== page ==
And so here we are. Denuvo has reached a place where the best measurement of its success or failure is no longer how long it takes to crack the games it is supposed to be protecting. Now we measure it by how fast its own customers are dropping the DRM from their games entirely.

It really shouldn’t take some third unit of measurement for the industry to realize that this is all pointless.

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Comments on “Rage 2 Drops Denuvo In Record Time After Customer Outcry”

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36 Comments
That One Guy (profile) says:

So very close...

Given that Denuvo’s stated goal is to “protect initial sales” from piracy, there was likely no real reason for Bethesda, id, and Avalanche to keep it around anymore.

Now if they(and every other company out there) can just take one more tiny little step and stop infecting their products in the first place, they’ll be golden. At this point they are essentially paying to make their products worse, garnering negative publicity and customer backlash, and best of all not doing anything but very temporarily inconveniencing(at best) the groups the software they’re infecting their products with is supposedly meant to stop cold.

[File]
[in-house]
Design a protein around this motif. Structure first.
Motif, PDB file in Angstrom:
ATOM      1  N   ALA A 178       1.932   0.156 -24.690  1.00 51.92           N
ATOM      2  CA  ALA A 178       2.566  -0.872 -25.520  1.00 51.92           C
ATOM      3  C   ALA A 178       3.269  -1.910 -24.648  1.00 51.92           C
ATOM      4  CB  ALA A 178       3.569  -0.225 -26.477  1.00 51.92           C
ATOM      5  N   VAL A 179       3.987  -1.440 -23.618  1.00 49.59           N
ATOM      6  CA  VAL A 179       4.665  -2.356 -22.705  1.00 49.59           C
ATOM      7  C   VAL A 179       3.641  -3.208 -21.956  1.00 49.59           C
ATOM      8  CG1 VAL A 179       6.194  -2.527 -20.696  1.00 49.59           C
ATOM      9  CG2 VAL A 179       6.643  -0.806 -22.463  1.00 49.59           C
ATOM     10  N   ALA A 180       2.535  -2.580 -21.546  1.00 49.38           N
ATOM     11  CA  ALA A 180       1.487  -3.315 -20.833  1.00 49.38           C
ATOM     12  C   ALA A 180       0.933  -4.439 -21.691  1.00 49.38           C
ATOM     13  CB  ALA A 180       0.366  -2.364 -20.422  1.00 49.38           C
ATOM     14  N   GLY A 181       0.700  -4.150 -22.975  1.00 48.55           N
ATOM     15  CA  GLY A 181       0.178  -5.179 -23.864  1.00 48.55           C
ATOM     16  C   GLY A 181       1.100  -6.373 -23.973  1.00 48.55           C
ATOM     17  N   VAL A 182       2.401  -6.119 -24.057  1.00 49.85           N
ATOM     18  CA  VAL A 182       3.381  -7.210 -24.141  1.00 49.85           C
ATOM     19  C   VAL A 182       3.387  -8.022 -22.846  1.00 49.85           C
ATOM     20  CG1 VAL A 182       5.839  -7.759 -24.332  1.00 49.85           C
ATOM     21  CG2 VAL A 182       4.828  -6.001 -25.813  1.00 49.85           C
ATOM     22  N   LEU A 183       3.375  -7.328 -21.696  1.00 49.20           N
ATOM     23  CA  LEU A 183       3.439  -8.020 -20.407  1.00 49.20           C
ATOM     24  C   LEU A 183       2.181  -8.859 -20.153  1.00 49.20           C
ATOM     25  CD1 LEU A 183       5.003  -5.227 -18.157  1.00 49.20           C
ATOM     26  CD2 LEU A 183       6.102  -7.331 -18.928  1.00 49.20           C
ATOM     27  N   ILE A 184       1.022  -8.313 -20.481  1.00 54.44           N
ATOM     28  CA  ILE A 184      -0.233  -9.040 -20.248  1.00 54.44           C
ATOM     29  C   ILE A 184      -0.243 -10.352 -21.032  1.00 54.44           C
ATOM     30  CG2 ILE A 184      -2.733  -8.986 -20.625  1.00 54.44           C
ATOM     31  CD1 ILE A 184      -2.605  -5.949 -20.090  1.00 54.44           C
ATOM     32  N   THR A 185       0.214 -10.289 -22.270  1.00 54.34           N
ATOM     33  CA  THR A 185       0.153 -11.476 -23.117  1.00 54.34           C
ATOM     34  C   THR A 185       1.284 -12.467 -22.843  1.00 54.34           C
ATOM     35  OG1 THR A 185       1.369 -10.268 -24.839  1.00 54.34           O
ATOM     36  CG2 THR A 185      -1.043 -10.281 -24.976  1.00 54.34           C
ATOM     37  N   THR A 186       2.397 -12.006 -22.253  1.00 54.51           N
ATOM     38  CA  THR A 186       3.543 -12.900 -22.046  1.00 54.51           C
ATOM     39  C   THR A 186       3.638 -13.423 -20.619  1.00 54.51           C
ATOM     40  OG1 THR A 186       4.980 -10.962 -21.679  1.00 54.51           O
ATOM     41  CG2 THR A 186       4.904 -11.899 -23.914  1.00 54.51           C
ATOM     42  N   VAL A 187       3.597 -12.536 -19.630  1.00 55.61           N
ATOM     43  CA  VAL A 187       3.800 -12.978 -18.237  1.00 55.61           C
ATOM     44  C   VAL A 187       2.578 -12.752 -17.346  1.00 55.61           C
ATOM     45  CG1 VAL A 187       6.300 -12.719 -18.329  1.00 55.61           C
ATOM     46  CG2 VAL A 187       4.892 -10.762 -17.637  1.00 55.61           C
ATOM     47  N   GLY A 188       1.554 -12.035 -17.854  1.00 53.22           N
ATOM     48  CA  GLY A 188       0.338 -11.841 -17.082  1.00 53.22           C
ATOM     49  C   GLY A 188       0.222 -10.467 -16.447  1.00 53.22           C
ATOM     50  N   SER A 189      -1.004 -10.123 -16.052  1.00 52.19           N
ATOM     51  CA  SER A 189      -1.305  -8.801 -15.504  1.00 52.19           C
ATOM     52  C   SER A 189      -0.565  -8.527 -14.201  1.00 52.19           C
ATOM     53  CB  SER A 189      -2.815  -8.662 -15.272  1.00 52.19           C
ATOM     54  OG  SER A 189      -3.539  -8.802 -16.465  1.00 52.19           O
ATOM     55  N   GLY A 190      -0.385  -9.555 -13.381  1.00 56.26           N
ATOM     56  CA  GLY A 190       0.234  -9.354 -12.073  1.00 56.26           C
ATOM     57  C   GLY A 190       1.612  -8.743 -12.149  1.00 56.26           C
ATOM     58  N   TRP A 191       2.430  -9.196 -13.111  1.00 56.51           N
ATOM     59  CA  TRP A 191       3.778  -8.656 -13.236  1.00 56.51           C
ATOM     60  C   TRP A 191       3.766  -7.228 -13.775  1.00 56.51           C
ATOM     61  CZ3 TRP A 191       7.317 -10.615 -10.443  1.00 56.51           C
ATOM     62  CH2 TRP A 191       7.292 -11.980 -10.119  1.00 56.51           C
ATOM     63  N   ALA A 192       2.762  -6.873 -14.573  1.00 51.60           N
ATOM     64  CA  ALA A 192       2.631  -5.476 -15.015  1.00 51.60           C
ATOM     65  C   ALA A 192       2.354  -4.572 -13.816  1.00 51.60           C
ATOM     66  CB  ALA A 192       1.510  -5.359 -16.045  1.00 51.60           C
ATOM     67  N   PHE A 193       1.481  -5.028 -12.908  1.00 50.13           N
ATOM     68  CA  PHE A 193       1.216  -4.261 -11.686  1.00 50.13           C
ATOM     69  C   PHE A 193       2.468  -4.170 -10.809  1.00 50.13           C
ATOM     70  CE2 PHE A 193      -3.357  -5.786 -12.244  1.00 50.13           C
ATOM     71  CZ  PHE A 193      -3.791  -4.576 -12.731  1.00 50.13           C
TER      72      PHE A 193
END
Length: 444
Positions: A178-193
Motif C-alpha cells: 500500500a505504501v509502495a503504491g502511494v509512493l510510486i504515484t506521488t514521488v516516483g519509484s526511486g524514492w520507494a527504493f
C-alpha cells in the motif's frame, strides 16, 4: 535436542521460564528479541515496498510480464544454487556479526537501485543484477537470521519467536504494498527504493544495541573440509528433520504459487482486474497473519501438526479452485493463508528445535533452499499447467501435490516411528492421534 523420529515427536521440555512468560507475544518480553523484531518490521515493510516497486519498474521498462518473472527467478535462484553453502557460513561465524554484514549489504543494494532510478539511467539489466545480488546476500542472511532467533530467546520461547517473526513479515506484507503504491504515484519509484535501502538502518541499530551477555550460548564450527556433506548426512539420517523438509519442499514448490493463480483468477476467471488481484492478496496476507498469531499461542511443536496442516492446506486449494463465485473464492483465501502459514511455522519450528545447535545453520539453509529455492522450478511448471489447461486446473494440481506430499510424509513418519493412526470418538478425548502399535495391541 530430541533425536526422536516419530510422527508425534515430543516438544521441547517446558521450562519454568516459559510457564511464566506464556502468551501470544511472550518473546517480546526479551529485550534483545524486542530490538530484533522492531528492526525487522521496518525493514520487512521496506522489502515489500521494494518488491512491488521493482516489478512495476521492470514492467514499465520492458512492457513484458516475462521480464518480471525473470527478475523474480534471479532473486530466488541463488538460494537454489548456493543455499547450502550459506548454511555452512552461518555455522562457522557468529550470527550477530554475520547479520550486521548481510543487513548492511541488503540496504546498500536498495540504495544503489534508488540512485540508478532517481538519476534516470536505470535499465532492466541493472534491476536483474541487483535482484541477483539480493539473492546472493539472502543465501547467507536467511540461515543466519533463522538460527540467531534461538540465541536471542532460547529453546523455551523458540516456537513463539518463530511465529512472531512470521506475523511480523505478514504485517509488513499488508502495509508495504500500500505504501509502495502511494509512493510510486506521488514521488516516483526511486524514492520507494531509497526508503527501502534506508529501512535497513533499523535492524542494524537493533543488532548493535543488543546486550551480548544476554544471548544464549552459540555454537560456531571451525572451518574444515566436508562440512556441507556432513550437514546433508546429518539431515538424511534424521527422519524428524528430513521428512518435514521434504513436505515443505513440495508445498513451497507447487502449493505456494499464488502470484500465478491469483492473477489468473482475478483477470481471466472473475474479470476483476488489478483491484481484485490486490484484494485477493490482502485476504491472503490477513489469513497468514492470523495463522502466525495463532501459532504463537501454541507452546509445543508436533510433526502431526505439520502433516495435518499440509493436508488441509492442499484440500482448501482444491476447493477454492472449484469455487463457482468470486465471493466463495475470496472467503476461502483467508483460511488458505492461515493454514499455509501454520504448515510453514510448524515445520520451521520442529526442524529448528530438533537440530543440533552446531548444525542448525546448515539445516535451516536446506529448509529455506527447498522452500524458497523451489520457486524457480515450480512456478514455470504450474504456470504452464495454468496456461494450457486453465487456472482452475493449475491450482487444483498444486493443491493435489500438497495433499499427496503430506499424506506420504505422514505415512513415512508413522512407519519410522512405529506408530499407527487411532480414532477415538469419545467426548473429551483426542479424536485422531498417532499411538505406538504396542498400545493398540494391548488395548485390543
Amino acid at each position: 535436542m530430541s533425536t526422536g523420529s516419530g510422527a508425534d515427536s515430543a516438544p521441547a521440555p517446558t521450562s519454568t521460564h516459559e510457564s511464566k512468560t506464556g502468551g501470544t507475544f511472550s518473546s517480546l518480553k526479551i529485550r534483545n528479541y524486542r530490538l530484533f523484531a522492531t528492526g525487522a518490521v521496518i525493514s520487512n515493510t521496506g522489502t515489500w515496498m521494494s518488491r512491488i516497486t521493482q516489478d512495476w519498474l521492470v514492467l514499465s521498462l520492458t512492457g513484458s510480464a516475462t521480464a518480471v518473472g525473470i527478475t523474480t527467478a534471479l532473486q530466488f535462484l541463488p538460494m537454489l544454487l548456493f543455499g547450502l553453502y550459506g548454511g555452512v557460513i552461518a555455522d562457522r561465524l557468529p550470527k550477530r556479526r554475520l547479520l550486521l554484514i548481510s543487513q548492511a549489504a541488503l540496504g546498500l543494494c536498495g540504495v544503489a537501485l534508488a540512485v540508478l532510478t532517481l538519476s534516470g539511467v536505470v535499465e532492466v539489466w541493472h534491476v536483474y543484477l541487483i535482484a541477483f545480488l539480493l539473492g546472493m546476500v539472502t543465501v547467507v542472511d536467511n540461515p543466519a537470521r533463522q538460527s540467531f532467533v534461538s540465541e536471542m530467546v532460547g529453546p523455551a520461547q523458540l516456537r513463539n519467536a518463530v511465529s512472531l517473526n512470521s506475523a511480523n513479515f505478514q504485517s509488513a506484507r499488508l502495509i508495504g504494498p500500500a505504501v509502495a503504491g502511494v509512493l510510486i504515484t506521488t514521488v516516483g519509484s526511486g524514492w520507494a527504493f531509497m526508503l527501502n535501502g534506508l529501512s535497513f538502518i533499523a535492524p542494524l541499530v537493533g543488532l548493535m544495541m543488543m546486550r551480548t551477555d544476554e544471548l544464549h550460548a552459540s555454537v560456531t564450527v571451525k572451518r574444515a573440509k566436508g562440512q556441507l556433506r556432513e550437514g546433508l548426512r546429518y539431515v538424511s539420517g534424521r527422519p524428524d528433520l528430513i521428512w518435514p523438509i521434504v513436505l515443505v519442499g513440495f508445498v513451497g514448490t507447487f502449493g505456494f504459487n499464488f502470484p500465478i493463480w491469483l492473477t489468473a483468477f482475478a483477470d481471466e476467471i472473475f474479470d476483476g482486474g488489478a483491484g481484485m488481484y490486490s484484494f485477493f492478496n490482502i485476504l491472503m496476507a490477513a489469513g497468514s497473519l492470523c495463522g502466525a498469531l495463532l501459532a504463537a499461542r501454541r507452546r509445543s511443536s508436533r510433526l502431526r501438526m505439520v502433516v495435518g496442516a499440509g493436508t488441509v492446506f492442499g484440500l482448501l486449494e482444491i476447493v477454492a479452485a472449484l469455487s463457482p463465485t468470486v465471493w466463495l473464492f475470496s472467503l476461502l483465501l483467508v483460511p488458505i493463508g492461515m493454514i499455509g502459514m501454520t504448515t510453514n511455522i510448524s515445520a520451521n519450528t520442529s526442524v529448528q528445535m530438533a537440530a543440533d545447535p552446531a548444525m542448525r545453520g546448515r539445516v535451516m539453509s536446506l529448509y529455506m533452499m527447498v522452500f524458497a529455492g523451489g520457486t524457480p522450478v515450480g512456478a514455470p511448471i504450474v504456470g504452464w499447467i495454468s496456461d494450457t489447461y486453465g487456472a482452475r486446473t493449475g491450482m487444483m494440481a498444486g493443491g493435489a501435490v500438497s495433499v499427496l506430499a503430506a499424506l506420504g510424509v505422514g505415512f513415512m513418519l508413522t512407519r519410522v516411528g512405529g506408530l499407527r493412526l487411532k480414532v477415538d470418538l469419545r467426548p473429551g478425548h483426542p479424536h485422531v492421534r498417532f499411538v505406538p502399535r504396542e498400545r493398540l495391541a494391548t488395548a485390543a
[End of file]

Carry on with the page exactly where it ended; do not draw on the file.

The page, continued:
It’s bad enough to spend money on something that doesn’t work, but when it not only fails to do as delivered but actually makes your product worse it’s well past time to drop it entirely as entirely counter-productive and a complete waste of money.

That One Guy (profile) says:

Re: Re: When 'pre-order' has turned into 'pay to beta-test'

Between this crap, server capacity issues, huge first day patches and further fixed usually needed within a few days, there’s no point buying a game early any more.

… there are however numerous reasons not to, of which you listed several, which is especially funny when you consider Denuvo has found itself reduced to arguing that their ‘product’ is important to protect purchases in the first few days/week, the very thing that they, and the companies involved, have made a really bad idea through their actions/product.

PaulT (profile) says:

Re: Re: Re: When 'pre-order' has turned into 'pay to beta-test'

Exactly. I rather dislike the obsession with opening day/week sales that much of the entertainment industry has, which I believe harms the long-term appeal of most of their products. But, given that environment, I can understand why they might make moves which they believe help the short-term opening sales, even as those decisions actually harm long-term sales.

But, things like this surely harm them in both ways – they lose short-term sales as people get burned too many times to drop extra money on early play, then they lose more in the long term as people either avoid their product or wait for it to drop significantly in price before they invest.

I’m of the opinion that DRM, lack of quality control, regional and format windows, exclusive deals, etc. harm all aspects of the entertainment industry more than actual piracy ever will, and this sort of thing just confirms it for me.

Anonymous Coward says:

Re: Re: Re: